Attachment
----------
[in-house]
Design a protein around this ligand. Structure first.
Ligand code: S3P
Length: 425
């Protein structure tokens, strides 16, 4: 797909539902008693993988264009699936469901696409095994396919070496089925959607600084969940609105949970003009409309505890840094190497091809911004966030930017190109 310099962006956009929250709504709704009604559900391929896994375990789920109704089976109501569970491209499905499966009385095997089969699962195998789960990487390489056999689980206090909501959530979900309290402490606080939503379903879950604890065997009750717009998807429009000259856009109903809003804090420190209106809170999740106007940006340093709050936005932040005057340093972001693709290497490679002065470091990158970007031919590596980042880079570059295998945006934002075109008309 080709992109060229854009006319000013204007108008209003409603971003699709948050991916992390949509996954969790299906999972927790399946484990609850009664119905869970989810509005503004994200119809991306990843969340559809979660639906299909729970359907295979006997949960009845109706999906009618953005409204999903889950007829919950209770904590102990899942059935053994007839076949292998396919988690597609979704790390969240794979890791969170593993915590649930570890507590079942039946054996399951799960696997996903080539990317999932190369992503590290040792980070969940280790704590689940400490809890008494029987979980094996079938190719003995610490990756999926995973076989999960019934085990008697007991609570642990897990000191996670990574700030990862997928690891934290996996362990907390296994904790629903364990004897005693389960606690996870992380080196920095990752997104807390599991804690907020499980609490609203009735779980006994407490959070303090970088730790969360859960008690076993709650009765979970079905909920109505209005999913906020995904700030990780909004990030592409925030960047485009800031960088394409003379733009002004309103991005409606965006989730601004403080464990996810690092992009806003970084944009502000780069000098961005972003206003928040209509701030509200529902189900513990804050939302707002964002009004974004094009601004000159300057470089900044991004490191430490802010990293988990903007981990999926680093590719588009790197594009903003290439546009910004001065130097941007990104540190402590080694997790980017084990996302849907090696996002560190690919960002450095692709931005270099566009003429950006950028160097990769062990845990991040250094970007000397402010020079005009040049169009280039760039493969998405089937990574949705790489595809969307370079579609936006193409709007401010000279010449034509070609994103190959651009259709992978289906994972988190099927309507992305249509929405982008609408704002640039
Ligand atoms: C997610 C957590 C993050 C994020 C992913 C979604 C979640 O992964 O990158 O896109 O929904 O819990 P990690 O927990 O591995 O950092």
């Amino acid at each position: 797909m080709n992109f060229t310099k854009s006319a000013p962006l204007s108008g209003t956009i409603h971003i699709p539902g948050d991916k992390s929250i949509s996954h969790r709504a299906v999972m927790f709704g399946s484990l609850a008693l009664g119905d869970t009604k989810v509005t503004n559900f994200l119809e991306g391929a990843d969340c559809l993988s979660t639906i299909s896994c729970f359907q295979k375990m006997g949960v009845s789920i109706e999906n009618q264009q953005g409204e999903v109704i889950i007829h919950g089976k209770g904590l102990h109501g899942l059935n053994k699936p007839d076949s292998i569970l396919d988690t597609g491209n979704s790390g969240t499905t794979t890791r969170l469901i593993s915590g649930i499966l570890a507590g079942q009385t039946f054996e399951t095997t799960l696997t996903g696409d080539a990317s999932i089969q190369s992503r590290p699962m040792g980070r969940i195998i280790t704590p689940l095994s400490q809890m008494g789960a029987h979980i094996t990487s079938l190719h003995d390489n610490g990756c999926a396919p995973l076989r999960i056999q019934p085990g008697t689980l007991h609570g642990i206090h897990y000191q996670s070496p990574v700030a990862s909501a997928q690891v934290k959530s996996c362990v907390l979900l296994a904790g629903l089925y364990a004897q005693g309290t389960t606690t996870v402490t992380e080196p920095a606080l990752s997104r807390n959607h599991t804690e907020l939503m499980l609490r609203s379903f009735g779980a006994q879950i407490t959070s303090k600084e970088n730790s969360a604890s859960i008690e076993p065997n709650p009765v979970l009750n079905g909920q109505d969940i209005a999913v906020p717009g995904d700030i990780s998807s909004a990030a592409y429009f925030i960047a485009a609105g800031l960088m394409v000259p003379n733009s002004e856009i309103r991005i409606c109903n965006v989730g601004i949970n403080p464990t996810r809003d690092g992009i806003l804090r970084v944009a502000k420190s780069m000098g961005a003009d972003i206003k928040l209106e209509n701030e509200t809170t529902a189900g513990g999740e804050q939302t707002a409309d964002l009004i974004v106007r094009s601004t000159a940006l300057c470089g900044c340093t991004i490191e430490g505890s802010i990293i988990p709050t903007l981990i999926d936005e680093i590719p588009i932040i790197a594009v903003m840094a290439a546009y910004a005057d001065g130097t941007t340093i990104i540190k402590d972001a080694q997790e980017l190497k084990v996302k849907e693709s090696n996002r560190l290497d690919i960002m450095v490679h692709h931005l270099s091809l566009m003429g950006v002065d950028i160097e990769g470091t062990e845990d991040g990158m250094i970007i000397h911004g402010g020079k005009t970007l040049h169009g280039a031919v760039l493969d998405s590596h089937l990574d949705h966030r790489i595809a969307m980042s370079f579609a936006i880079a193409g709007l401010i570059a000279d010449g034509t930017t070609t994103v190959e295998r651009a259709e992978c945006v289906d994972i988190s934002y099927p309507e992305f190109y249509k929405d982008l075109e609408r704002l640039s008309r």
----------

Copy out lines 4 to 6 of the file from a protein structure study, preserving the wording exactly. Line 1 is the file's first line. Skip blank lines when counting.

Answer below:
Length: 425
């Protein structure tokens, strides 16, 4: 797909539902008693993988264009699936469901696409095994396919070496089925959607600084969940609105949970003009409309505890840094190497091809911004966030930017190109 310099962006956009929250709504709704009604559900391929896994375990789920109704089976109501569970491209499905499966009385095997089969699962195998789960990487390489056999689980206090909501959530979900309290402490606080939503379903879950604890065997009750717009998807429009000259856009109903809003804090420190209106809170999740106007940006340093709050936005932040005057340093972001693709290497490679002065470091990158970007031919590596980042880079570059295998945006934002075109008309 080709992109060229854009006319000013204007108008209003409603971003699709948050991916992390949509996954969790299906999972927790399946484990609850009664119905869970989810509005503004994200119809991306990843969340559809979660639906299909729970359907295979006997949960009845109706999906009618953005409204999903889950007829919950209770904590102990899942059935053994007839076949292998396919988690597609979704790390969240794979890791969170593993915590649930570890507590079942039946054996399951799960696997996903080539990317999932190369992503590290040792980070969940280790704590689940400490809890008494029987979980094996079938190719003995610490990756999926995973076989999960019934085990008697007991609570642990897990000191996670990574700030990862997928690891934290996996362990907390296994904790629903364990004897005693389960606690996870992380080196920095990752997104807390599991804690907020499980609490609203009735779980006994407490959070303090970088730790969360859960008690076993709650009765979970079905909920109505209005999913906020995904700030990780909004990030592409925030960047485009800031960088394409003379733009002004309103991005409606965006989730601004403080464990996810690092992009806003970084944009502000780069000098961005972003206003928040209509701030509200529902189900513990804050939302707002964002009004974004094009601004000159300057470089900044991004490191430490802010990293988990903007981990999926680093590719588009790197594009903003290439546009910004001065130097941007990104540190402590080694997790980017084990996302849907090696996002560190690919960002450095692709931005270099566009003429950006950028160097990769062990845990991040250094970007000397402010020079005009040049169009280039760039493969998405089937990574949705790489595809969307370079579609936006193409709007401010000279010449034509070609994103190959651009259709992978289906994972988190099927309507992305249509929405982008609408704002640039
Ligand atoms: C997610 C957590 C993050 C994020 C992913 C979604 C979640 O992964 O990158 O896109 O929904 O819990 P990690 O927990 O591995 O950092």